What happens in 2014? Sprint is going to turn on 4G LTE in the 800 MHz band. That spectrum is currently being used for iDEN, better known as push to talk. Less than 6 million people are currently using that network, which means that prime real estate spectrum is being underutilized. Once Sprint moves some of their 4G LTE to that band however, they’ll be much better able to compete with the likes of AT&T and Verizon, who own spectrum in the 700 MHz band. Sprint’s network will use half the amount of spectrum (5 MHz down, 5 MHz up) that AT&T and Verizon use (both do 10 MHz down, 10 MHz up), but Sprint has half the number of customers, so … less load equals more speed? We’ll find out.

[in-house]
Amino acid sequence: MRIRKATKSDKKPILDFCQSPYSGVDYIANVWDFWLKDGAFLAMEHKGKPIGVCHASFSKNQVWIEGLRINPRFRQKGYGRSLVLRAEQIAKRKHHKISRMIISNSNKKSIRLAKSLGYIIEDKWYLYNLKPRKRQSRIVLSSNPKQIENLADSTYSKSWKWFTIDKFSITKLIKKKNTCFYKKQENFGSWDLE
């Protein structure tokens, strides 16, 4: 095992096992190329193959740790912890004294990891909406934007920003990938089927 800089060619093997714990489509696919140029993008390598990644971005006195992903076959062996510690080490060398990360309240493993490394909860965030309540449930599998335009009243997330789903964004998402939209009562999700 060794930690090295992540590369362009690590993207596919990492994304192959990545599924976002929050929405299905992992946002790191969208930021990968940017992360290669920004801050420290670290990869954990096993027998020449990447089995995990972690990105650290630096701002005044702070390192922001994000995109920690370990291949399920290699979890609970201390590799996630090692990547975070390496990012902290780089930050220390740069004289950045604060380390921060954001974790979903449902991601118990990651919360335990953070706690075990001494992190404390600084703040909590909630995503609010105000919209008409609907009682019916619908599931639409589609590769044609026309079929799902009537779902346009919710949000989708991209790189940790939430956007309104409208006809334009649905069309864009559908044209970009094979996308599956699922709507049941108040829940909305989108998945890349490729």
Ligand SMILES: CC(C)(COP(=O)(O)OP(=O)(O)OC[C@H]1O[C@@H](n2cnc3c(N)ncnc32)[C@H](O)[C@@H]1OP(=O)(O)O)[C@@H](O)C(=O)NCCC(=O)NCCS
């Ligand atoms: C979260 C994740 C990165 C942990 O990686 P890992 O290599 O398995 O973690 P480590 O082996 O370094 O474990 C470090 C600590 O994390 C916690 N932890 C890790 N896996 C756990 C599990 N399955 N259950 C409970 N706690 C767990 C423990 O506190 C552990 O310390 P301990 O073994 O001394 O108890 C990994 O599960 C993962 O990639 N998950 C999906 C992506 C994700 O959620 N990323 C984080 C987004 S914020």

Should you care about any of this? That’s debatable. We’ve always questioned the usefulness of 4G LTE on a smartphone. This writer is on a data plan that’s capped at 1 megabit per second down and he’s never thought to himself that it was somehow “slow”. If you’re the “must share every piece of media I capture on the three or more social networks I use” type, then yes, you’ll probably appreciate the higher upload speeds that 4G LTE offers.
[Additional Reading: Fierce Wireless]
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